from Wiktionary, Creative Commons Attribution/Share-Alike License
- adj. Causing to gravitate; tending to a centre.
from the GNU version of the Collaborative International Dictionary of English
- adj. Causing to gravitate; tending to a center.
from The Century Dictionary and Cyclopedia
- Of, pertaining to, or caused by gravitation; gravitating or tending to gravitate.
from WordNet 3.0 Copyright 2006 by Princeton University. All rights reserved.
- adj. of or relating to or caused by gravitation
Sorry, no etymologies found.
Because, as Lord Kelvin points out, though it is admitted that Aether is matter, yet that admission is only a qualified admission, and not one which carries with it all the properties that essentially belong to matter, or an admission which includes the fact that Aether is gravitative, that is, subject to
Attraction, whether gravitative or capillary, produces the spherical form; the spherical form does not produce attraction.
If such a result can be arrived at by the logical and philosophical conception of a gravitative Aether, then the three Rules of Philosophy are fully satisfied, and the assumption of a gravitative Aether is warranted on a strictly philosophical basis.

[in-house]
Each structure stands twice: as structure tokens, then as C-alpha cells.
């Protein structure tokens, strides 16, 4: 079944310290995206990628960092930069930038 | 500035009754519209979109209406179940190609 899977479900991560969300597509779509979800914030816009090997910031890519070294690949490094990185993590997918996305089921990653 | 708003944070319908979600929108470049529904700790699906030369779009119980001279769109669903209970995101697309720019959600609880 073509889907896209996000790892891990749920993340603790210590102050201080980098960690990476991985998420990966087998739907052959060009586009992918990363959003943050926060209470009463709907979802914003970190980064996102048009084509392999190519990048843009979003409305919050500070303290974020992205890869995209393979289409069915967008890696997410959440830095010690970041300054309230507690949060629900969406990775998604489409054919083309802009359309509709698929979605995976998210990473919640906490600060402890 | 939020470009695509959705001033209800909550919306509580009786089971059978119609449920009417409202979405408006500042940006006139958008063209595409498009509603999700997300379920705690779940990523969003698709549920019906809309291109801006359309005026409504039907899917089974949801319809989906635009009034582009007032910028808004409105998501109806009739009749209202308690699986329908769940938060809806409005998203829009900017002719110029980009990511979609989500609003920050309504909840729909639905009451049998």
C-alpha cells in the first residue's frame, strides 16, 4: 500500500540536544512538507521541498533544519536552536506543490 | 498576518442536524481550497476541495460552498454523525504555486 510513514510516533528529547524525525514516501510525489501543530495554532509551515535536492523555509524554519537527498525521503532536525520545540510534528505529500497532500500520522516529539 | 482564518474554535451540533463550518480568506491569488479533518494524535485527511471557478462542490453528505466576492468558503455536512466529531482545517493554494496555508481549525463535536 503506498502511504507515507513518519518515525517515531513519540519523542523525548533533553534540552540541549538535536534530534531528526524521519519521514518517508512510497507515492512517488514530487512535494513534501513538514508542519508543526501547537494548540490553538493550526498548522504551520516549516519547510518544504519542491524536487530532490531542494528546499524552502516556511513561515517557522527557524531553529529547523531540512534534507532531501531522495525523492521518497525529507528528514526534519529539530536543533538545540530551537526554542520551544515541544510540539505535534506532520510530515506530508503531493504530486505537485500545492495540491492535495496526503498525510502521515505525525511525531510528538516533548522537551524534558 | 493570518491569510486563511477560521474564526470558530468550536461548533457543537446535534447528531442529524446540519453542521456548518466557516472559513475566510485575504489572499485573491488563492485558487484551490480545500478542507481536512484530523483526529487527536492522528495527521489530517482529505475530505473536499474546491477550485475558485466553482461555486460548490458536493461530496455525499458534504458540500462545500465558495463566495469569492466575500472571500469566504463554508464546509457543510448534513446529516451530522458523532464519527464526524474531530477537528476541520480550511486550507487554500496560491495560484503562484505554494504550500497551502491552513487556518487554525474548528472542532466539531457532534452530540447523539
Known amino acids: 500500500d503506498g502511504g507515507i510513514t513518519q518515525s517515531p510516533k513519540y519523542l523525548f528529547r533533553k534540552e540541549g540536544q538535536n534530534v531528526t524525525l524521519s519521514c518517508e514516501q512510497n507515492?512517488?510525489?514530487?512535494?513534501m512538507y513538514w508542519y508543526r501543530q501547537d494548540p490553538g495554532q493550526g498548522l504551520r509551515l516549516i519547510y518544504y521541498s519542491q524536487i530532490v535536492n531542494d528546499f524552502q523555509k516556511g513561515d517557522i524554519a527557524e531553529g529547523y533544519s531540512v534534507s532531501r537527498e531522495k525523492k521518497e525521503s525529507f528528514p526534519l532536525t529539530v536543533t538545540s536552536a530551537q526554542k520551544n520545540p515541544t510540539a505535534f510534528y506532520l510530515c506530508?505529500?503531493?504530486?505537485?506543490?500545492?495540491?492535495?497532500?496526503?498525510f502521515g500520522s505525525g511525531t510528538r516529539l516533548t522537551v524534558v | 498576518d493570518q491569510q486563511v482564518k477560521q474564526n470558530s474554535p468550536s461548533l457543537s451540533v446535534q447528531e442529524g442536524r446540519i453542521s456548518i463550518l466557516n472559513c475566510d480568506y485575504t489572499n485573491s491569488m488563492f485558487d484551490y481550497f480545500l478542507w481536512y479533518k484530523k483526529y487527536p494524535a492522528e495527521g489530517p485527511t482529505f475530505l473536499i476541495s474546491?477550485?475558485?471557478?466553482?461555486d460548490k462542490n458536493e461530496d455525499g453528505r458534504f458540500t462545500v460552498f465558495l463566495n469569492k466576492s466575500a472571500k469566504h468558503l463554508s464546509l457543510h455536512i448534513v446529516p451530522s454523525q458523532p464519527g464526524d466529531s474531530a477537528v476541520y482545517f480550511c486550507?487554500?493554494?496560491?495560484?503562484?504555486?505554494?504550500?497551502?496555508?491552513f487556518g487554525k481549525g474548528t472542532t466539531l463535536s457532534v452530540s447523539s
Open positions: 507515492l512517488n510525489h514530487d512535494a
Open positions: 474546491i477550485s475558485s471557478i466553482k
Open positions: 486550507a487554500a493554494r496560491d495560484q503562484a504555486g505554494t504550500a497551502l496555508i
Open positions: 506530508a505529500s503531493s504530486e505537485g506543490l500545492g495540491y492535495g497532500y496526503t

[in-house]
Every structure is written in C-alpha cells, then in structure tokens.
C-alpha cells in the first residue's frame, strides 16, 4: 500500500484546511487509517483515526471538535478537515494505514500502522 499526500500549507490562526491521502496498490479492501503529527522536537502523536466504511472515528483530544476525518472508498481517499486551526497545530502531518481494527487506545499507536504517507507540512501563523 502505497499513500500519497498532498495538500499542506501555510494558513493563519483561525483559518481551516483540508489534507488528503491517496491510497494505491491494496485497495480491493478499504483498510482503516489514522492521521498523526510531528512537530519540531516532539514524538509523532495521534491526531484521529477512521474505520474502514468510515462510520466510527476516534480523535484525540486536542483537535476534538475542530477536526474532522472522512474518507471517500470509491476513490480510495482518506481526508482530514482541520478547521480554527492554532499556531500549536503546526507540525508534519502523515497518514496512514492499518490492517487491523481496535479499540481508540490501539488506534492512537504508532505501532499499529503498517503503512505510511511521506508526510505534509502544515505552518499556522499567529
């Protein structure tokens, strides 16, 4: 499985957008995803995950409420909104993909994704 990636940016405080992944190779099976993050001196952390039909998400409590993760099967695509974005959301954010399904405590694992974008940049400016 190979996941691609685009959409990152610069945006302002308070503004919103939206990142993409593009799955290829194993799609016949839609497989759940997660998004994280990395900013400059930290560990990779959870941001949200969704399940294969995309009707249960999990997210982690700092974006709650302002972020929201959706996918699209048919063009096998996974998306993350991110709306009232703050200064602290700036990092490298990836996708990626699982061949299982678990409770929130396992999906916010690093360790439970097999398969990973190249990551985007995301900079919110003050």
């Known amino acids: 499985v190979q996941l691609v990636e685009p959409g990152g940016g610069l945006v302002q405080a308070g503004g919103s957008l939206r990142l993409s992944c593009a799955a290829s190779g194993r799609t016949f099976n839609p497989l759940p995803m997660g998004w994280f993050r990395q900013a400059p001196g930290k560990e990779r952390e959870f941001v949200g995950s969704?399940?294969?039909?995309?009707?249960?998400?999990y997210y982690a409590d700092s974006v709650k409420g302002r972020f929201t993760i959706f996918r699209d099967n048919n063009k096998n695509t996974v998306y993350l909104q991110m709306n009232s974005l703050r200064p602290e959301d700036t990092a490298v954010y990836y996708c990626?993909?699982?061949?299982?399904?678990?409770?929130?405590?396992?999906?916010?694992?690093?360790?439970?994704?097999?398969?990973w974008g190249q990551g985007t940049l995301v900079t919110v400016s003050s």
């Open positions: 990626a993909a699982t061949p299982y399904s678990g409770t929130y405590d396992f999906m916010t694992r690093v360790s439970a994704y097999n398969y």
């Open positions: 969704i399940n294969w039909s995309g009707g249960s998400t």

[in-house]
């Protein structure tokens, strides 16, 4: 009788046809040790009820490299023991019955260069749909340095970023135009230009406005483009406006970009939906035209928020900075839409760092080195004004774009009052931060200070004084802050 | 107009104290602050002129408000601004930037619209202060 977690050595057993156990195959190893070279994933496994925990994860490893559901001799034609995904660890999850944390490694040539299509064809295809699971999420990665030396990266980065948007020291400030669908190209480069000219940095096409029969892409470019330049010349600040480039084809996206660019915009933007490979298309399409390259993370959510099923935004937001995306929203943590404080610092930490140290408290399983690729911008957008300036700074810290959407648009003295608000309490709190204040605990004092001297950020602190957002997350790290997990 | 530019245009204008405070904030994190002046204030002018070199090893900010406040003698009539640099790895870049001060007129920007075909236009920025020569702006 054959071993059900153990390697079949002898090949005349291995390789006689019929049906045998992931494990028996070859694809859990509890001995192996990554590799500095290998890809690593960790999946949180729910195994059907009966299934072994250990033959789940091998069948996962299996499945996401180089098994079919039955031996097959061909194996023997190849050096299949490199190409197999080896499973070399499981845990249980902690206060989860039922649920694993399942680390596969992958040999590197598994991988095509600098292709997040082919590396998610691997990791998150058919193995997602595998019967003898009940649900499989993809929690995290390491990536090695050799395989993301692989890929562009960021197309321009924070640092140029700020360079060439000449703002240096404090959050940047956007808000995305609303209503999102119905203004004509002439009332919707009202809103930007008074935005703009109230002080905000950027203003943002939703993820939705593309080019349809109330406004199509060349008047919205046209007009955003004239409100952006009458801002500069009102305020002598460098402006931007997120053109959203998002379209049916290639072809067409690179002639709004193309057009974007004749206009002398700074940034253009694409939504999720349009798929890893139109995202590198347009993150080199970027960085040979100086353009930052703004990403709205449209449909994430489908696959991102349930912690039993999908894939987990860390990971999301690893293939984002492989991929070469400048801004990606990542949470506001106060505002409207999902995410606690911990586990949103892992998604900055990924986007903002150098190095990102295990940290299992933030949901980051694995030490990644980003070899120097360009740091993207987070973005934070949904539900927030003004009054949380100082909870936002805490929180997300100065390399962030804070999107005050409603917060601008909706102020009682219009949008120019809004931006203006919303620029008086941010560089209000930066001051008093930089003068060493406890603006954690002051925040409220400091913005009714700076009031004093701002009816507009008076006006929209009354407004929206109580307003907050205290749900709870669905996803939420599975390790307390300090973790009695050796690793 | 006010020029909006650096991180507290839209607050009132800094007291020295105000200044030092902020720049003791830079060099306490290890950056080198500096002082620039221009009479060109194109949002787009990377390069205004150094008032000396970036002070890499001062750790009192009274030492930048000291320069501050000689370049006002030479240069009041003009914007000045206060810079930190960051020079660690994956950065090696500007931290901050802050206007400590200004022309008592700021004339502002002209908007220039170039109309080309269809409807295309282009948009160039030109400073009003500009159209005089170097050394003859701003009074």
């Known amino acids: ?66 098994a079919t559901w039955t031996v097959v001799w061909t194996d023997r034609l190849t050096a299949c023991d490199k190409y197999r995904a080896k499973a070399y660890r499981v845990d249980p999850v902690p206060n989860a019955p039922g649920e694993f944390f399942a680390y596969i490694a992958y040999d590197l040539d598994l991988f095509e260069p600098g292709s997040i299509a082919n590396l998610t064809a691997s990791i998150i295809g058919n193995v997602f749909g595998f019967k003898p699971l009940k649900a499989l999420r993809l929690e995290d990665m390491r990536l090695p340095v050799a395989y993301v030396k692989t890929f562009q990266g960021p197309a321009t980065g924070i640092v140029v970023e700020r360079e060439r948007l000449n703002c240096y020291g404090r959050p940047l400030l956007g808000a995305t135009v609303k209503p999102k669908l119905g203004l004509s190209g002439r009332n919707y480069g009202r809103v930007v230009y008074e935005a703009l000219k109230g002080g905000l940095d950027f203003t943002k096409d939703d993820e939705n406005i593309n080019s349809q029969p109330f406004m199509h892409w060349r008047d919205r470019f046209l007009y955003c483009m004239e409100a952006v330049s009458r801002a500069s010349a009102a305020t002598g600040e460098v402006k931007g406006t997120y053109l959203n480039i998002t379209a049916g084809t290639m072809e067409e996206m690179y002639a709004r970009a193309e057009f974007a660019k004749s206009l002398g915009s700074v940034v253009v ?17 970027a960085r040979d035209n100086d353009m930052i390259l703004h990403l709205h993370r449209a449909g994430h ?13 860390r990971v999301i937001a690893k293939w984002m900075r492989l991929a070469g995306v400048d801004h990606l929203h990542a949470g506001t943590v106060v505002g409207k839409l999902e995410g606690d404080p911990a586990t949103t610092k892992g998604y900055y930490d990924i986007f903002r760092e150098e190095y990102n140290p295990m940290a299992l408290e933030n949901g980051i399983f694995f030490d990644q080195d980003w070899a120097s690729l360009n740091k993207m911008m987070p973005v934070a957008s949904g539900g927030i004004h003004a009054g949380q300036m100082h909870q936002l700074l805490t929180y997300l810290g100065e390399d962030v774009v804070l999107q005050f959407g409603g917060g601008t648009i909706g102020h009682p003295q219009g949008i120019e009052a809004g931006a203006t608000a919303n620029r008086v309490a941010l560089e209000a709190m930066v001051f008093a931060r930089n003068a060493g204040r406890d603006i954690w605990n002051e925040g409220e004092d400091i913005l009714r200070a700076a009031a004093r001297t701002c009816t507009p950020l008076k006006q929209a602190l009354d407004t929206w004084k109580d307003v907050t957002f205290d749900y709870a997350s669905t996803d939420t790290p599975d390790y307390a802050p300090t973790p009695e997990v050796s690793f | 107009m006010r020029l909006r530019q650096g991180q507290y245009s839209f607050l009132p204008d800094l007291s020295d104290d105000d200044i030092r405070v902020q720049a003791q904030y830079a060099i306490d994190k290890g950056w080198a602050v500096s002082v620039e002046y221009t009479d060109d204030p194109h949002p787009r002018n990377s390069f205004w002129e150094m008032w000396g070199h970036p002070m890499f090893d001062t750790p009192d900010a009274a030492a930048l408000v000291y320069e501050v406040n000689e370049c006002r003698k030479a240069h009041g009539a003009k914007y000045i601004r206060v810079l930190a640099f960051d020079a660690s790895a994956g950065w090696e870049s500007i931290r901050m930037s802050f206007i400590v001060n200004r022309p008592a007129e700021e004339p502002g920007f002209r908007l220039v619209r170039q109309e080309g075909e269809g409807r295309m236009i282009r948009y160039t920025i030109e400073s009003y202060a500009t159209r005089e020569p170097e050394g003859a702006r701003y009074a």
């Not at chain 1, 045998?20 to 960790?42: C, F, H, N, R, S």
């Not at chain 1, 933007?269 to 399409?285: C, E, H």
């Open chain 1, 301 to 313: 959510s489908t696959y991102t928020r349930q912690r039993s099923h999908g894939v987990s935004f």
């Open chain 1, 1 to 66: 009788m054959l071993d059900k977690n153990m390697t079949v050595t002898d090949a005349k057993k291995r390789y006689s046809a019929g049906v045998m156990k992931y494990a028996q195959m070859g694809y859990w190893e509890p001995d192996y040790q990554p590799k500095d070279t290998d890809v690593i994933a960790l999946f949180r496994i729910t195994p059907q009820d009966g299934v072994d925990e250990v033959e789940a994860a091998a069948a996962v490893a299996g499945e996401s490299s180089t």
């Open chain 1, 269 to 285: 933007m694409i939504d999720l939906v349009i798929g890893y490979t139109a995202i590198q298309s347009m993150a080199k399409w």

Does the air cease to be any less gravitative, or subject to the Law of
Now the question suggests itself, as to whether it is possible to reconcile the two theories in relation to the refraction of light by our conception of an atomic and gravitative
We have, therefore, to apply these facts to the aetherial medium which surrounds all planetary and stellar bodies in the same way as the atmosphere does; and which, being also gravitative, is equally subject to the same laws of motion.
To be strictly logical and philosophical, in the statement that Aether is matter, it must be conceded not only that Aether is subject to such properties as elasticity, inertia, and compressibility, but that it is also gravitative or possesses weight.
From that conception, the Aether has been gradually perfected, until we have the conception which has been presented to the reader in Chapter IV., in which I have endeavoured to show that this aetherial medium is matter, but infinitely more rarefied and infinitely more elastic, but notwithstanding its extreme rarefaction and elasticity, it possesses inertia, because it is gravitative.
If therefore Aether be matter, then, to be strictly logical and philosophical, it must be conceded that Aether is gravitative, as well as having the other properties of matter, as elasticity and inertia, etc.
"That every particle of matter attracts every other particle," etc., that is, that it is gravitative.